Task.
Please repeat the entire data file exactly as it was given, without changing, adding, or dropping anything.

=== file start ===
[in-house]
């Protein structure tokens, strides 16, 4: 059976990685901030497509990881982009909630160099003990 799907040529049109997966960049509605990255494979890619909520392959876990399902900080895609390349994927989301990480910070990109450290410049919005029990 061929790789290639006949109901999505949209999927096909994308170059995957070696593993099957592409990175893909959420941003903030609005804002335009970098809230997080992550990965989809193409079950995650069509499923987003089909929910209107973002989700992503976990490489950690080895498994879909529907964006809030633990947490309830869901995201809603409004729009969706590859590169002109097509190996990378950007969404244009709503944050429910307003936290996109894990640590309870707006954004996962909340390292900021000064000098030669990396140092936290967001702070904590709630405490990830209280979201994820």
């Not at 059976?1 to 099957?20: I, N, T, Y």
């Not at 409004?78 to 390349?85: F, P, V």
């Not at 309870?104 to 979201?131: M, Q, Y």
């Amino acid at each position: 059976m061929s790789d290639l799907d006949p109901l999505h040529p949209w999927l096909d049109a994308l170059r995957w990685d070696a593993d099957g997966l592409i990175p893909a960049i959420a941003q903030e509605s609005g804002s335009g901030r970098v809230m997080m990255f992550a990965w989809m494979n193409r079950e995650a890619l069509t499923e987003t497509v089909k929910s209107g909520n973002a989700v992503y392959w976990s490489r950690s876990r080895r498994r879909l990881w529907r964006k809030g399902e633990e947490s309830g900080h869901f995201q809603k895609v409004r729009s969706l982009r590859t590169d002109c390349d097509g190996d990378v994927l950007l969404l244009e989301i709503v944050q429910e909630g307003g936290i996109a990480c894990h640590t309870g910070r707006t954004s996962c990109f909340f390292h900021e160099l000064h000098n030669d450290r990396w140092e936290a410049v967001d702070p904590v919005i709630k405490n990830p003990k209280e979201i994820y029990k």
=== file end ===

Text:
[in-house]
């Protein structure tokens, strides 16, 4: 059976990685901030497509990881982009909630160099003990 799907040529049109997966960049509605990255494979890619909520392959876990399902900080895609390349994927989301990480910070990109450290410049919005029990 061929790789290639006949109901999505949209999927096909994308170059995957070696593993099957592409990175893909959420941003903030609005804002335009970098809230997080992550990965989809193409079950995650069509499923987003089909929910209107973002989700992503976990490489950690080895498994879909529907964006809030633990947490309830869901995201809603409004729009969706590859590169002109097509190996990378950007969404244009709503944050429910307003936290996109894990640590309870707006954004996962909340390292900021000064000098030669990396140092936290967001702070904590709630405490990830209280979201994820």
């Not at 059976?1 to 099957?20: I, N, T, Y």
């Not at 409004?78 to 390349?85: F, P, V």
């Not at 309870?104 to 979201?131: M, Q, Y």
């Amino acid at each position: 059976m061929s790789d290639l799907d006949p109901l999505h040529p949209w999927l096909d049109a994308l170059r995957w990685d070696a593993d099957g997966l592409i990175p893909a960049i959420a941003q903030e509605s609005g804002s335009g901030r970098v809230m997080m990255f992550a990965w989809m494979n193409r079950e995650a890619l069509t499923e987003t497509v089909k929910s209107g909520n973002a989700v992503y392959w976990s490489r950690s876990r080895r498994r879909l990881w529907r964006k809030g399902e633990e947490s309830g900080h869901f995201q809603k895609v409004r729009s969706l982009r590859t590169d002109c390349d097509g190996d990378v994927l950007l969404l244009e989301i709503v944050q429910e909630g307003g936290i996109a990480c894990h640590t309870g910070r707006t954004s996962c990109f909340f390292h900021e160099l000064h000098n030669d450290r990396w140092e936290a410049v967001d702070p904590v919005i709630k405490n990830p003990k209280e979201i994820y029990k």